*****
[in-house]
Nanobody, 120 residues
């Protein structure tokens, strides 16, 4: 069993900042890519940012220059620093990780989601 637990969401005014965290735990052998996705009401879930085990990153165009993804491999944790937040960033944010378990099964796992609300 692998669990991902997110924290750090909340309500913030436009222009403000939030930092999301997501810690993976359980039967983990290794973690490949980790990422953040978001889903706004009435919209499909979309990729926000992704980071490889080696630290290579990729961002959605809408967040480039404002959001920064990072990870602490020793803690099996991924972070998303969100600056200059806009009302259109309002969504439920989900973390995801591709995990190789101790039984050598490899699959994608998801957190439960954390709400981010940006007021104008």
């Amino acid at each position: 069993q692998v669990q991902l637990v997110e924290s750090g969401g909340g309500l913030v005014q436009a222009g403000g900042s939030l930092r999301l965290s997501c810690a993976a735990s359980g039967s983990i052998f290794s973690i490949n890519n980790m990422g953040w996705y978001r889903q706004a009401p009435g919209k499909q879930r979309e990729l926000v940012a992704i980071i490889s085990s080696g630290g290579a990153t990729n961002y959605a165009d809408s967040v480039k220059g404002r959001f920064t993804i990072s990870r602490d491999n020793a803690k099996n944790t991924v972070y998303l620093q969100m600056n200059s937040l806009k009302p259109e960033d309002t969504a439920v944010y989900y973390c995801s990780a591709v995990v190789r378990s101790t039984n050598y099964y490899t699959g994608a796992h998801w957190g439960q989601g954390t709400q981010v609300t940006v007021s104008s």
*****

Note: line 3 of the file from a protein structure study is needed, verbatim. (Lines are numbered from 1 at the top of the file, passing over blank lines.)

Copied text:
């Protein structure tokens, strides 16, 4: 069993900042890519940012220059620093990780989601 637990969401005014965290735990052998996705009401879930085990990153165009993804491999944790937040960033944010378990099964796992609300 692998669990991902997110924290750090909340309500913030436009222009403000939030930092999301997501810690993976359980039967983990290794973690490949980790990422953040978001889903706004009435919209499909979309990729926000992704980071490889080696630290290579990729961002959605809408967040480039404002959001920064990072990870602490020793803690099996991924972070998303969100600056200059806009009302259109309002969504439920989900973390995801591709995990190789101790039984050598490899699959994608998801957190439960954390709400981010940006007021104008």